Angry mobs went about setting fire to property belonging to Sikhs, without any let or hindrance from the police. They set alight two Gurudwaras in South Delhi, the premises of four transport companies and two timber stores in the walled city.

At least 50 vehicles including trucks, cars, buses, scooters , rickshaws- scooters and motor-cycles were set on fire in different parts of the city. The maximum damage to vehicles was done in Safdarjung airport area, Laxmibai Nagar and Vinay Nagar area.

Between 6 and 10 p.m. between the Prime Minister's house on Safdarjung Road and AIIMS , a vehicle was seen burning every 50 yards. The police had to delay taking the body from the hospital because of the burnt out vehicles enroute 1, Safdarjung Road. Around 10.30 p.m. two trucks were ablaze at the Ring Road Crossing near Kamal Cinema. ' We cannot deal with the situation of this nature' said Mr. Gautam Kaul, Addl. Commissioner of Police, New Delhi outside the AIIMS . . . . . . . . A mail van driven by a Sikh was also burnt near Jorbagh. Safdarjung Airport crossing sometime around 5 p.m. Its burnt out shell was hurriedly removed to enable the passage of the guncarriage carrying Indira Gandhi's body.

The Delhi fire department was hard put to combat the spurt of fires in the city. A fire spokesman late in the evening (of the 31st) said that they were incapable of handling the situation in the city and perforce had to let fire rage in the capital.

Mobs of youngmen armed with steel rods and lathis stopped vehicles all over the city bragging that they had set many vehicles and places of worships on fire.

Impotent policemen stood at odd corners looking on helplessly as mobs went amuck in the walled city setting timber markets and trucks on fire. Shops belonging to Sikhs were indiscriminately looted . . . . .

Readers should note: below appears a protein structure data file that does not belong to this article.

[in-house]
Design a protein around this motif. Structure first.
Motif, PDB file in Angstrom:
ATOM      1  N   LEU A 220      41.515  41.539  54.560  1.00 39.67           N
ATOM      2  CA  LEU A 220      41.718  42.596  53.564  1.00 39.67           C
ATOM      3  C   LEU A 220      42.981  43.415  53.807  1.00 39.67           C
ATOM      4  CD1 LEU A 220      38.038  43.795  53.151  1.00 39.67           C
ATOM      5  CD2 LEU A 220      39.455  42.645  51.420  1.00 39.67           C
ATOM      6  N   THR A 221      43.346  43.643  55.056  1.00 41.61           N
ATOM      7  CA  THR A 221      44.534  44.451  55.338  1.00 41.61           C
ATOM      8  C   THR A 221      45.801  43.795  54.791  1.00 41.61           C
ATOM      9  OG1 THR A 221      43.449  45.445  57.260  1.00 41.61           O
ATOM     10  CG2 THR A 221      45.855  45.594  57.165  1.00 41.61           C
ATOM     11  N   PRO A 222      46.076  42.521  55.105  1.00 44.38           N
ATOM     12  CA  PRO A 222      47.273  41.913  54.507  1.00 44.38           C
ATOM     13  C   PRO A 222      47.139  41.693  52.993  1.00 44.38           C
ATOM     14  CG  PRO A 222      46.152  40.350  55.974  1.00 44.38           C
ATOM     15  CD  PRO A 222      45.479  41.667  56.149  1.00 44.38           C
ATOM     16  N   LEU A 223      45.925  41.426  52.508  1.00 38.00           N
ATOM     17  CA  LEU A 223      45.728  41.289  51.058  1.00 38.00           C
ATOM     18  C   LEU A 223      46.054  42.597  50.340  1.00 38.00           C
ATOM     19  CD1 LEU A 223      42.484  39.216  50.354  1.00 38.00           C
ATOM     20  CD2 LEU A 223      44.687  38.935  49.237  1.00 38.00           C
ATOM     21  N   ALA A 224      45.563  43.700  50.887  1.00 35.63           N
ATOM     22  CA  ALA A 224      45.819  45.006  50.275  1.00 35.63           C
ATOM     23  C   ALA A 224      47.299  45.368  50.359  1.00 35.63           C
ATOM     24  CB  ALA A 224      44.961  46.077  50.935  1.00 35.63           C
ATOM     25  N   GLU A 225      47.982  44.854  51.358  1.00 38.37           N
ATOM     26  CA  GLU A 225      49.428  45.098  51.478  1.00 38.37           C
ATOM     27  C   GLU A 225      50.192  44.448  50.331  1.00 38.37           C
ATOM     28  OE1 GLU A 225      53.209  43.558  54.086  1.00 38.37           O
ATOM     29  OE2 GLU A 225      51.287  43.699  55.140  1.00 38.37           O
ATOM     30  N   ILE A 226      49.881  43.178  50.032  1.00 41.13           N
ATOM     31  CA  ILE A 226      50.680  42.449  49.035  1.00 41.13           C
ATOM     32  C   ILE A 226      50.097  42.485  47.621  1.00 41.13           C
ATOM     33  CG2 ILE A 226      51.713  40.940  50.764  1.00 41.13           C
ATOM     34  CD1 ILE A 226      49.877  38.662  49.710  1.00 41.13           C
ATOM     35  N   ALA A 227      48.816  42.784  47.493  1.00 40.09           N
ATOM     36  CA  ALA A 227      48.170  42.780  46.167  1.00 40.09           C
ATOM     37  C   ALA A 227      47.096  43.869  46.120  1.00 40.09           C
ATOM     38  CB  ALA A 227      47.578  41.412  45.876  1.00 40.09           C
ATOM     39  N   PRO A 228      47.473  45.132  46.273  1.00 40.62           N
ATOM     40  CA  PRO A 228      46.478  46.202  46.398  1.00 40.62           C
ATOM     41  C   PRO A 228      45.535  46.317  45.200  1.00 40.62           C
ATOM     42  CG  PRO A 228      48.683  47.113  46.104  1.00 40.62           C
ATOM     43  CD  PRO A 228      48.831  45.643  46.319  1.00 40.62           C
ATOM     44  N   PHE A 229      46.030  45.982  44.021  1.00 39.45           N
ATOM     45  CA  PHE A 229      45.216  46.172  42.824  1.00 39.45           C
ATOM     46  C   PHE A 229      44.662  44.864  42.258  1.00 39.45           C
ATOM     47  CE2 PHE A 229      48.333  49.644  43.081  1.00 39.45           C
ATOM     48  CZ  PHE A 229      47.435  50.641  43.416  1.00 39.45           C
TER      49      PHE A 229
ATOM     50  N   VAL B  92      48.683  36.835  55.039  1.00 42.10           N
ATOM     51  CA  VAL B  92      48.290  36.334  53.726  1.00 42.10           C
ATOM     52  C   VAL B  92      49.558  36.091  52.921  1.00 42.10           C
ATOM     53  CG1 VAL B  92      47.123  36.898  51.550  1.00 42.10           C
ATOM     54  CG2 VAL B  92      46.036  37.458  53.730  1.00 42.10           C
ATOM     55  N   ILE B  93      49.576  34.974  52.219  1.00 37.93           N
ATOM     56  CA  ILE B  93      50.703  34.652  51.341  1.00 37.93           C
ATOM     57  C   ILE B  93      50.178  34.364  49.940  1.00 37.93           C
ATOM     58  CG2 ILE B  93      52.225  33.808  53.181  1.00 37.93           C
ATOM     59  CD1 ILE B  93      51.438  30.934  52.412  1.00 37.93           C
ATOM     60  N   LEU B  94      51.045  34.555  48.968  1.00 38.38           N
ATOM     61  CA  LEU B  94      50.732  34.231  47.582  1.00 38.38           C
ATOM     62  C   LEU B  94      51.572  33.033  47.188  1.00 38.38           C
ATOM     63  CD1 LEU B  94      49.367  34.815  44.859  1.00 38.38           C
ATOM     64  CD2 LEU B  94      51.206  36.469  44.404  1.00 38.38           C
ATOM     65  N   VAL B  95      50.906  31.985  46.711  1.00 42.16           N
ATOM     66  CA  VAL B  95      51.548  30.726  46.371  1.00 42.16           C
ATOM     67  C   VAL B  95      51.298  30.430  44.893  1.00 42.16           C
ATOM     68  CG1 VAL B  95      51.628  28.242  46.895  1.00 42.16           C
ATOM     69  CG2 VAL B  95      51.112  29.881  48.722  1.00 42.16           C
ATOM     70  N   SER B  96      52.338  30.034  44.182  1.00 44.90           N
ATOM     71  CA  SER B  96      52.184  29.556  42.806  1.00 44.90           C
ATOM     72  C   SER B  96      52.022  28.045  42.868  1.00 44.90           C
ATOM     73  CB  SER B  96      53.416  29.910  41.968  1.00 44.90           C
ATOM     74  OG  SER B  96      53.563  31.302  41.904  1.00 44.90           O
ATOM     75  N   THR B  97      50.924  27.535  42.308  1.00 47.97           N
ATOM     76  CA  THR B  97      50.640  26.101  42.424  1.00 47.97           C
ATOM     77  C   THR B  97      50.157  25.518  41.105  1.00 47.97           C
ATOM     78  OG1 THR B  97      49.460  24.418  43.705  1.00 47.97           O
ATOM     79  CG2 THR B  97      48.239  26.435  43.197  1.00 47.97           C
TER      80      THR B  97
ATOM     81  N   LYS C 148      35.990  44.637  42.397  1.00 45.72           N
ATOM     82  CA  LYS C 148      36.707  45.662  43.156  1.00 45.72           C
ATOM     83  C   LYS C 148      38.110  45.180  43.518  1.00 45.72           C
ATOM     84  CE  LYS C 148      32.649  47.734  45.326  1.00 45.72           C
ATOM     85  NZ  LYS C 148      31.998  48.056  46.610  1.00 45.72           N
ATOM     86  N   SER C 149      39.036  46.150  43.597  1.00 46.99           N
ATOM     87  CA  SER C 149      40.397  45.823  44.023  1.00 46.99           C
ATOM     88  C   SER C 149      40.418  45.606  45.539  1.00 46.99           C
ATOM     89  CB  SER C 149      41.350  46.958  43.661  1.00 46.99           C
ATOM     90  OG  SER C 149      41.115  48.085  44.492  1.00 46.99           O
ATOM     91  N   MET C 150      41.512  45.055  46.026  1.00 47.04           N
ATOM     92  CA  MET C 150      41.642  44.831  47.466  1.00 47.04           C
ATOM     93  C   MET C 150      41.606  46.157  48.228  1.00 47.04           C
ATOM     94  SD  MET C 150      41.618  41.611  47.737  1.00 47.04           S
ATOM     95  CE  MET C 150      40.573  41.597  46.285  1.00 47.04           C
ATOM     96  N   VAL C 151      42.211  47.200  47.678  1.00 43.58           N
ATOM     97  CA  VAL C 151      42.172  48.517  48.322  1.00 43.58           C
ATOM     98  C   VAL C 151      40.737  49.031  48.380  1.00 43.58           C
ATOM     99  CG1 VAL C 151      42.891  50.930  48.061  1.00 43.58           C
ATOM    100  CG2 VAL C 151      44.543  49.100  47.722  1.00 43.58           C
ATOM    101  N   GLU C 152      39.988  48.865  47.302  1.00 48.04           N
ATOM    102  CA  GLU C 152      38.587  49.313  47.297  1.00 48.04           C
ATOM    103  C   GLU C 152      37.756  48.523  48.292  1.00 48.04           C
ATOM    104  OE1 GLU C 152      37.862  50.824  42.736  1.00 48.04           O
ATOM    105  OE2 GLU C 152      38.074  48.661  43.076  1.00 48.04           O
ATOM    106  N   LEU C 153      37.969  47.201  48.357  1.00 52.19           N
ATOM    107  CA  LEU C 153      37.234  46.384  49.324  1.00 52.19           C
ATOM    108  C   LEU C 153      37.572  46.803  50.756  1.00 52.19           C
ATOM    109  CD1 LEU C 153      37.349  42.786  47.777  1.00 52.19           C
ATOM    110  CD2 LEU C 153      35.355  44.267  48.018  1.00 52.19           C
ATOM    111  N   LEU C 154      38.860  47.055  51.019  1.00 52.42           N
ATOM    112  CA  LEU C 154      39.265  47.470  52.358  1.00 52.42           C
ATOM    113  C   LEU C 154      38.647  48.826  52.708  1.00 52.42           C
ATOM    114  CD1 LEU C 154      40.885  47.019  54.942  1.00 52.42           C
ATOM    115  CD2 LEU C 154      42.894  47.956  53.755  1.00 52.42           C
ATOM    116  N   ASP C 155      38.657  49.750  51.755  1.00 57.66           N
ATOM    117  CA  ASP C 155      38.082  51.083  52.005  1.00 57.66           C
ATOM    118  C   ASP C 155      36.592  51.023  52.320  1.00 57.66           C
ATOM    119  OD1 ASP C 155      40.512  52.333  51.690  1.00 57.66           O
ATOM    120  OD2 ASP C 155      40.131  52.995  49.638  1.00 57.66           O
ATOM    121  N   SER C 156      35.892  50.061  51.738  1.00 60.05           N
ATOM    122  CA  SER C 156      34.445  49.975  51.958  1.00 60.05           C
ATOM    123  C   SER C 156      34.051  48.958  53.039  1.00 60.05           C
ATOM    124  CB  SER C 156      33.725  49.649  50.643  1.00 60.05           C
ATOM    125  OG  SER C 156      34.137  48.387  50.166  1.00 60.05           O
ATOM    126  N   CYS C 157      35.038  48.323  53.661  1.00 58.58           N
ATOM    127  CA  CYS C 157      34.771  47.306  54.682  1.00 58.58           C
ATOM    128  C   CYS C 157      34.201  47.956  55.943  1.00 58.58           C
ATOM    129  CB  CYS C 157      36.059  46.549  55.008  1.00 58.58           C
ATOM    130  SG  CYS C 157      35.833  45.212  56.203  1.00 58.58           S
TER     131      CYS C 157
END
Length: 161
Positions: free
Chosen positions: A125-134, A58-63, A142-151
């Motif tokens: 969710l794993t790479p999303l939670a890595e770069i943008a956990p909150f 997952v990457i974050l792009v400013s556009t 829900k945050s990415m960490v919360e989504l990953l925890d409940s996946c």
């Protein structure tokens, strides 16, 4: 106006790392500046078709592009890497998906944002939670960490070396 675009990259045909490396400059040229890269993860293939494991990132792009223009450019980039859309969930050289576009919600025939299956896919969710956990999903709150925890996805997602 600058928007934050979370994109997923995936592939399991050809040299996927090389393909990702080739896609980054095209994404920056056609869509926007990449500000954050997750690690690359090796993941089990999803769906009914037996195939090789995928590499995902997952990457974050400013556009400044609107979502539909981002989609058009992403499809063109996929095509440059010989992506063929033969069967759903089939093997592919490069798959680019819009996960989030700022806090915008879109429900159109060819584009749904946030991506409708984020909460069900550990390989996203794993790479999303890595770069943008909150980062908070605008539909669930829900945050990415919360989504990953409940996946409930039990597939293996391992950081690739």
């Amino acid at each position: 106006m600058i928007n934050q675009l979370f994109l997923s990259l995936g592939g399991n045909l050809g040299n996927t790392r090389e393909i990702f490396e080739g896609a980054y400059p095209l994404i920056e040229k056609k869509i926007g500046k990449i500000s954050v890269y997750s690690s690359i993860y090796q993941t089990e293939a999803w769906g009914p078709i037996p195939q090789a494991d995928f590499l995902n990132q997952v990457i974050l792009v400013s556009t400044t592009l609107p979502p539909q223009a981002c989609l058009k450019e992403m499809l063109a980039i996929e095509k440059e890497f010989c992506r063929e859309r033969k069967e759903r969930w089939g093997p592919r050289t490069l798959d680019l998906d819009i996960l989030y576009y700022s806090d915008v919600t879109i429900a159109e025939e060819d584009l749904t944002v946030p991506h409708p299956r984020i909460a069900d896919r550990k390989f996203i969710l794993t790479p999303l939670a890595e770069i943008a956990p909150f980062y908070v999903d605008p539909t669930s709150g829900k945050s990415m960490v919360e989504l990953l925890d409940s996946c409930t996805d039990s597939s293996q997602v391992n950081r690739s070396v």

This is a long extract of the news item from the Indian Express dated November 1, 1984. Indisputably the contents were printed in course of the night of the 1st October and this newspaper was available for sale/distribution by early morning of November 1, 1984. CJC called for copies of this newspaper from 1-11-8 to 7-11-84 and upon orders by the Commission, the management produced them along with their letter dated 18-11-1985.

The news item was a contemporaneous publication and chances of motivated reporting would not be there. CJC with the obvious intention of relying on the news coverage called for these issues of the paper. The news shows in clearest terms that rioting in the proper sense has started in a very big way in several parts of the city on the 31st evening and except for killing which came into the process from 1-11-1984, every other form of attack on Sikhs had begun. The massive scale on which the operation had started so soon after the fact of death was circulated is clearly indicative of the fact that it was the spontaneous reaction of the people at large. The short span of time that intervened would not have permitted scope for any organising to be done. The gloom that had spread and affected the Congress-men in particular would not have permitted any such organisation to be handled. The reaction appears to have come as a flutter and sparked everywhere in a similar pattern. It was not confined to States where Congress (I) was in power. West Bengal and Tripura where C.P. (M) led governments were in office got affected too. The police was impotent from the very beginning has been clearly indicated. Their leadership was full of doubts about their capacity is also apparent. These facts have to be kept in view for drawing of appropriate conclusions at relevant places.